Primary Sjögren’s syndrome (SS) is an autoimmune exocrinopathy that affects the structure and function of salivary and lachrymal glands. Labial salivary gland (LSG) acinar cells from SS patients lose cellular homeostasis and experience endoplasmic reticulum and oxidative stress. The integrated cellular stress response (ISR) is an adaptive pathway essential for restoring homeostasis against various stress-inducing factors, including pro-inflammatory cytokines, and endoplasmic reticulum and oxidative stress. ISR activation leads eIF2α phosphorylation, which transiently blocks protein synthesis while allowing the ATF4 expression, which induces a gene expression program that seeks to optimize cellular recovery. PKR, HRI, GCN2, and PERK are the four sentinel stress kinases that control eIF2α phosphorylation. Dysregulation and chronic activation of ISR signaling have pathologic consequences associated with inflammation. Here, it was analyzed the activation of the ISR in LSGs of SS-patients and non-SS sicca controls, determining the mRNA, protein, and phosphorylated-protein levels of key ISR components, as well as the expression of some of ATF4 targets. Moreover, we performed a qualitative characterization of the distribution of ISR components in LSGs from both groups and evaluated if their levels correlate with clinical parameters. It was observed that the four ISR sensors are expressed in LSGs of both groups. However, only PKR and PERK showed increased expression and/or activation in LSGs from SS-patients. eIF2α and p-eIF2α protein levels significantly increased in SS-patients; meanwhile components of the PP1c complex responsible for eIF2α dephosphorylation decreased. ATF4 mRNA levels were decreased in LSGs from SS-patients along with hypermethylation of the ATF4 promoter. Despite low mRNA levels, SS-patients showed increased levels of ATF4 protein and ATF4-target genes involved in the antioxidant response. The acinar cells of SS-patients showed increased staining intensity for PKR, p-PKR, p-PERK, p-eIF2α, ATF4, xCT, CHOP, and NRF2. Autoantibodies, focus score, and ESSDAI were correlated with p-PERK/PERK ratio and ATF4 protein levels. In summary, the results showed an increased ISR activation in LSGs of SS-patients. The increased protein levels of ATF4 and ATF4-target genes involved in the redox homeostasis could be part of a rescue response against the various stressful conditions to which the LSGs of SS-patients are subjected and promote cell survival.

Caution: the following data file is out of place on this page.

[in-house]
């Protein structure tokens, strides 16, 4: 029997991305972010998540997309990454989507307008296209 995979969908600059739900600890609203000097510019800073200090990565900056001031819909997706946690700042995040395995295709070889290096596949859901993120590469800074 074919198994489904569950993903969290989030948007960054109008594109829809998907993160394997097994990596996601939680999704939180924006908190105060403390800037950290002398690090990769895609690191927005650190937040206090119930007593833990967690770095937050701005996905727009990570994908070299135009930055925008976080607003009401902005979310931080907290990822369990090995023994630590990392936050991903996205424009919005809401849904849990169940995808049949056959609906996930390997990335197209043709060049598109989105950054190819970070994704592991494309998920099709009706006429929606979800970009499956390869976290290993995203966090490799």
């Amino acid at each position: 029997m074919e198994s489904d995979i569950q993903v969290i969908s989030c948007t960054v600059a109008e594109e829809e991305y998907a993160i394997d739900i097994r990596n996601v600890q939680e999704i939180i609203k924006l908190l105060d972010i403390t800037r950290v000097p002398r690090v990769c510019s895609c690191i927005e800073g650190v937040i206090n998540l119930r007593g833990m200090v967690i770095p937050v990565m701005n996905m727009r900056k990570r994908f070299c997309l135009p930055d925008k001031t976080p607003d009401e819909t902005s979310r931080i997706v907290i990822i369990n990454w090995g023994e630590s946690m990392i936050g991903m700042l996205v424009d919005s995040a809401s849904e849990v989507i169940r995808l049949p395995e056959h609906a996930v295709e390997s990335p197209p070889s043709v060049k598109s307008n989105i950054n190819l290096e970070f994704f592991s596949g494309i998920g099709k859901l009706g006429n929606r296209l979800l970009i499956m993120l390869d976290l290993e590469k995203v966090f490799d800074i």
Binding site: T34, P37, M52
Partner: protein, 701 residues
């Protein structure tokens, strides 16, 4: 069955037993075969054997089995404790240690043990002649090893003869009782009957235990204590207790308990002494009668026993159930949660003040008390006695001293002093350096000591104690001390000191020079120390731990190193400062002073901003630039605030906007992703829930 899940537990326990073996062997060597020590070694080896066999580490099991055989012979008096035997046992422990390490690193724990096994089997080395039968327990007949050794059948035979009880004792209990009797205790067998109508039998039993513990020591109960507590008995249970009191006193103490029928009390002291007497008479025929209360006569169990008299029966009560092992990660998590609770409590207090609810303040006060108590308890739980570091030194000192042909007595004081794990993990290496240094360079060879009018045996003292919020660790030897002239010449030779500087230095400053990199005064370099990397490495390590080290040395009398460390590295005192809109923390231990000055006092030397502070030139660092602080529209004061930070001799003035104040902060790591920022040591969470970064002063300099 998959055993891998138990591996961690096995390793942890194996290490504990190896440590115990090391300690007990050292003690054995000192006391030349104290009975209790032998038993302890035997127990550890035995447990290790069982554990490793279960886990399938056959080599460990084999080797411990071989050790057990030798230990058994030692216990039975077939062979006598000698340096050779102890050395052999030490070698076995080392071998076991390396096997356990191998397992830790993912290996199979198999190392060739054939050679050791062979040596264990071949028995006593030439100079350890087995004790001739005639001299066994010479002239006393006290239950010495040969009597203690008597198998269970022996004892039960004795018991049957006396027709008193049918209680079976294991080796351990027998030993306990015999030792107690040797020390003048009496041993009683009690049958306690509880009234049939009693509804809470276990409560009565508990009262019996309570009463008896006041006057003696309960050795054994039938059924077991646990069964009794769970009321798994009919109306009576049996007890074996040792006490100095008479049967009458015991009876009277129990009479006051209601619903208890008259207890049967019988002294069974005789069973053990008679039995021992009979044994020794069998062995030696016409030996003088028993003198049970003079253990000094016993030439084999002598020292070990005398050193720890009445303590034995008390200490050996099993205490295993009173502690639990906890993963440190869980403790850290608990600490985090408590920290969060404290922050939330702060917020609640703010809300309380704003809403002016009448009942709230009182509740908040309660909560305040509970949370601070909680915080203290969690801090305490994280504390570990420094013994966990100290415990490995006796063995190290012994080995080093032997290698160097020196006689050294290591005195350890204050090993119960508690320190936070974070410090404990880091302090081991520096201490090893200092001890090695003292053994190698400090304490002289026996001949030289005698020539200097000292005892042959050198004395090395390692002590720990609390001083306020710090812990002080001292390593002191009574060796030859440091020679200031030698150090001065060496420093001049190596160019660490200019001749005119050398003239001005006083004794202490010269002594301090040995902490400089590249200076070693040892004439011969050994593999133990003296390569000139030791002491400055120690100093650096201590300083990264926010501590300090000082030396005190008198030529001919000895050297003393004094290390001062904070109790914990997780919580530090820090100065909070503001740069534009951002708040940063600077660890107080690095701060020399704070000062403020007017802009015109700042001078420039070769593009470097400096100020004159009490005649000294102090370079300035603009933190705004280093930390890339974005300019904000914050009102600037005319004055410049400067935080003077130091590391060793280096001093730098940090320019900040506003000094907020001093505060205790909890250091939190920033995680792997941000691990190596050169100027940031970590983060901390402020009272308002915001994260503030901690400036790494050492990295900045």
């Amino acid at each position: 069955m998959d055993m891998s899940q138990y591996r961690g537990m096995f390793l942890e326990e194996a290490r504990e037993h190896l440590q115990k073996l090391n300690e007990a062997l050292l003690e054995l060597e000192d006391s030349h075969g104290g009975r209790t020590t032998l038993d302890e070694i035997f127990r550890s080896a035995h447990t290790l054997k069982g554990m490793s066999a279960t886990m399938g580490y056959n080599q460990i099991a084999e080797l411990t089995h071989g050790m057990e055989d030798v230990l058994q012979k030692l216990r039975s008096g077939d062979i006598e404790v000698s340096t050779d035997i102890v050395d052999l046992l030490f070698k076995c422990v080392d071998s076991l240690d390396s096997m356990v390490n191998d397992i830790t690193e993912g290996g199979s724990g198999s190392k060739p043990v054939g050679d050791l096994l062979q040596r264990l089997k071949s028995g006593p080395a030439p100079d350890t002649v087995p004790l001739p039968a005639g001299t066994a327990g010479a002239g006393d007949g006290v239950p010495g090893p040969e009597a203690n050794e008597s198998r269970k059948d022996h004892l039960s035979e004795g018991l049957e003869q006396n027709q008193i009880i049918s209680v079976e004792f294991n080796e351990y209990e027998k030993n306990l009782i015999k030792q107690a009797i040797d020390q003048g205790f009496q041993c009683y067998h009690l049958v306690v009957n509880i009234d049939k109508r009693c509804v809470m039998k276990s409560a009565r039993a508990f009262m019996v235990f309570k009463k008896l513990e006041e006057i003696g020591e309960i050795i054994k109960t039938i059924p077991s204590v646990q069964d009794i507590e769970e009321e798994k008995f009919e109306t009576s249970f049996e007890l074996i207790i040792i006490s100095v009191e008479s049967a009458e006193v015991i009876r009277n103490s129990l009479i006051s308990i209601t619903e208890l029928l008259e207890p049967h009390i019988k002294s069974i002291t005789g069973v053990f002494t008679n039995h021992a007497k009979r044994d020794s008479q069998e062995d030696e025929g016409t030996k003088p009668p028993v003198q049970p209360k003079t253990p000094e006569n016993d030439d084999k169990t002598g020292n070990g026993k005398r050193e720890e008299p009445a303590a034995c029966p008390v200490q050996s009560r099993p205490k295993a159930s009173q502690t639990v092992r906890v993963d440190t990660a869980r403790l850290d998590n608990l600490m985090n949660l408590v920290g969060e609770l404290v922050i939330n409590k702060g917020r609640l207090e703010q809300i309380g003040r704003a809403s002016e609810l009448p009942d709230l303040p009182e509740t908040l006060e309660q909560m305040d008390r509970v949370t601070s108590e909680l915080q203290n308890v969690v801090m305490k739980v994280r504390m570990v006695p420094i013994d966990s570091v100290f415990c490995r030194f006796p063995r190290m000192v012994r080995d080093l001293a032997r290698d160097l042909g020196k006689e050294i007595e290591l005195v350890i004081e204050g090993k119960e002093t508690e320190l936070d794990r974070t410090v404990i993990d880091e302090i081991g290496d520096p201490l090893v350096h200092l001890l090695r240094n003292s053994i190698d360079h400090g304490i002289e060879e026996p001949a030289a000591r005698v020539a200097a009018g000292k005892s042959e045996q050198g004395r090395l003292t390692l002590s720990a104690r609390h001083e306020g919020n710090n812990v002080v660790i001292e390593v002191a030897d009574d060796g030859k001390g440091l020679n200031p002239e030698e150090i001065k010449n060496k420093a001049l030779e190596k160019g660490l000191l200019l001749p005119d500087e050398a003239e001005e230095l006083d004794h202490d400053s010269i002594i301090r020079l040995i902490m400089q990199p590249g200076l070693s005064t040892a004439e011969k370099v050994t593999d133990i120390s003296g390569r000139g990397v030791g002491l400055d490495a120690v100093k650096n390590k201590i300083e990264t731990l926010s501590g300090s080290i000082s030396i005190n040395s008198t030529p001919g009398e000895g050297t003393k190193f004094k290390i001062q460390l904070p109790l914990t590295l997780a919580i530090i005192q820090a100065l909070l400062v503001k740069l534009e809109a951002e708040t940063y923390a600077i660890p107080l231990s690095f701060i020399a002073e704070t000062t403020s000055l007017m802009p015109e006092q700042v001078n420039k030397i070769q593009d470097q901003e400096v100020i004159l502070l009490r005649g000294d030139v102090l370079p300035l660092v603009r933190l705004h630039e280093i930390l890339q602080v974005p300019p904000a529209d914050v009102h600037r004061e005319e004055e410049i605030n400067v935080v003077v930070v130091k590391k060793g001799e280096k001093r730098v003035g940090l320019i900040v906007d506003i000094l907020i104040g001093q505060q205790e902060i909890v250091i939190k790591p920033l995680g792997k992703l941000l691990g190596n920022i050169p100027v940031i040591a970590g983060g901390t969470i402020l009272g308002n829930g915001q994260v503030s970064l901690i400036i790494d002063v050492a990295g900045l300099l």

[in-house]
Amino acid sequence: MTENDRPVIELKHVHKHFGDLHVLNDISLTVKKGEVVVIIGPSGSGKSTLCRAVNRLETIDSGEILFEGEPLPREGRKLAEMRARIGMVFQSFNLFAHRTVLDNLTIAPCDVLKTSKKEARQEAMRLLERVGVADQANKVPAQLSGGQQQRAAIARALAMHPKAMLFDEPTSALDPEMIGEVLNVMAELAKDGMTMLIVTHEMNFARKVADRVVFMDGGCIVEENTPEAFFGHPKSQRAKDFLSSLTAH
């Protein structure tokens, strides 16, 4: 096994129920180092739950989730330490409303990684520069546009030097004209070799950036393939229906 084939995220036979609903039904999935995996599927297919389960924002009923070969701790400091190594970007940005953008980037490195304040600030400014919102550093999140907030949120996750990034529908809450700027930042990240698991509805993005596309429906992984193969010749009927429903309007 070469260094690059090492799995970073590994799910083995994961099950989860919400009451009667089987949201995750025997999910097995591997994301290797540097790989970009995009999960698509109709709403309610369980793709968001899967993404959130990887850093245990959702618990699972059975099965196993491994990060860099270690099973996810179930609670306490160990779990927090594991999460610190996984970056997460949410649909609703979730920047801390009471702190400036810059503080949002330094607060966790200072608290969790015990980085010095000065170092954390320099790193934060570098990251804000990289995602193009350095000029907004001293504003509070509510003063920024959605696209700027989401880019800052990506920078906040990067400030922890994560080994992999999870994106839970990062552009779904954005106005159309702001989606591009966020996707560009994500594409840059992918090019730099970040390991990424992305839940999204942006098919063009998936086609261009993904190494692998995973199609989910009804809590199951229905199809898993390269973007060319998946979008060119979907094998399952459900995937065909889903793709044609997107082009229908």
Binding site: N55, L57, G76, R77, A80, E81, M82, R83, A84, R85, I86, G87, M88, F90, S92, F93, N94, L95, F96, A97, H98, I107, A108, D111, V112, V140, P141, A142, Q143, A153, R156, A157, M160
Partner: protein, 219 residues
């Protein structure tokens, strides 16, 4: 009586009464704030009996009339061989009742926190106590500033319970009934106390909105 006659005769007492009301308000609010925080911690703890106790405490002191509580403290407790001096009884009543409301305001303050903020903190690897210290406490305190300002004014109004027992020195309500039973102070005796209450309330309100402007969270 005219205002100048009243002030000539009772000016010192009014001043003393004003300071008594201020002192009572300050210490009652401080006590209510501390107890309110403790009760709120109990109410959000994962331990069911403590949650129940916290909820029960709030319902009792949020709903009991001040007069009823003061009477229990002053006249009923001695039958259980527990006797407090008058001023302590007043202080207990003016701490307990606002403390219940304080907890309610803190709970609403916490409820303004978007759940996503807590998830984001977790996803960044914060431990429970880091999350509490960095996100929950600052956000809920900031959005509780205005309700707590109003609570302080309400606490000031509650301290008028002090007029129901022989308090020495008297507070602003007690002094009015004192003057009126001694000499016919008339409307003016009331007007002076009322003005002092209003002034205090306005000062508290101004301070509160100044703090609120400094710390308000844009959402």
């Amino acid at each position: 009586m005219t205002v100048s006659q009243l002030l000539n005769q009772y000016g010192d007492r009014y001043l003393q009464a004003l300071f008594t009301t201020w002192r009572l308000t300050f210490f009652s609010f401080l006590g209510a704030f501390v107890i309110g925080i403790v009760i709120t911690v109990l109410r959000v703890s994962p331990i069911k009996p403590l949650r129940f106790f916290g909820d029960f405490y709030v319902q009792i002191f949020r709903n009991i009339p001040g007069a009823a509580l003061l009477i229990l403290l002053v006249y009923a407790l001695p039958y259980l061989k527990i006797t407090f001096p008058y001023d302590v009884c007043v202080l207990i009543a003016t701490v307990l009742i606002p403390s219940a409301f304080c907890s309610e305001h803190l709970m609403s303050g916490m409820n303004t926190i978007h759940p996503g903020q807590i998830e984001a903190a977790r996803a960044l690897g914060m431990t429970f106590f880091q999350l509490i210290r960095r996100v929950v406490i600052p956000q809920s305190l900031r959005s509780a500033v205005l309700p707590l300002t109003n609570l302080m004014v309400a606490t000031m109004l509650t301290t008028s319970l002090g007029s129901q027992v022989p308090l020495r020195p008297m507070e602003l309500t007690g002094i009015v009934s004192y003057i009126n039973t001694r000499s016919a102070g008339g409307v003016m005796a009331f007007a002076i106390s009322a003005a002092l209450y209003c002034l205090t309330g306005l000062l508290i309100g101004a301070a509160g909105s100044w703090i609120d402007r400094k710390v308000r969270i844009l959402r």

Access to the original article: https://pubmed.ncbi.nlm.nih.gov/37035319/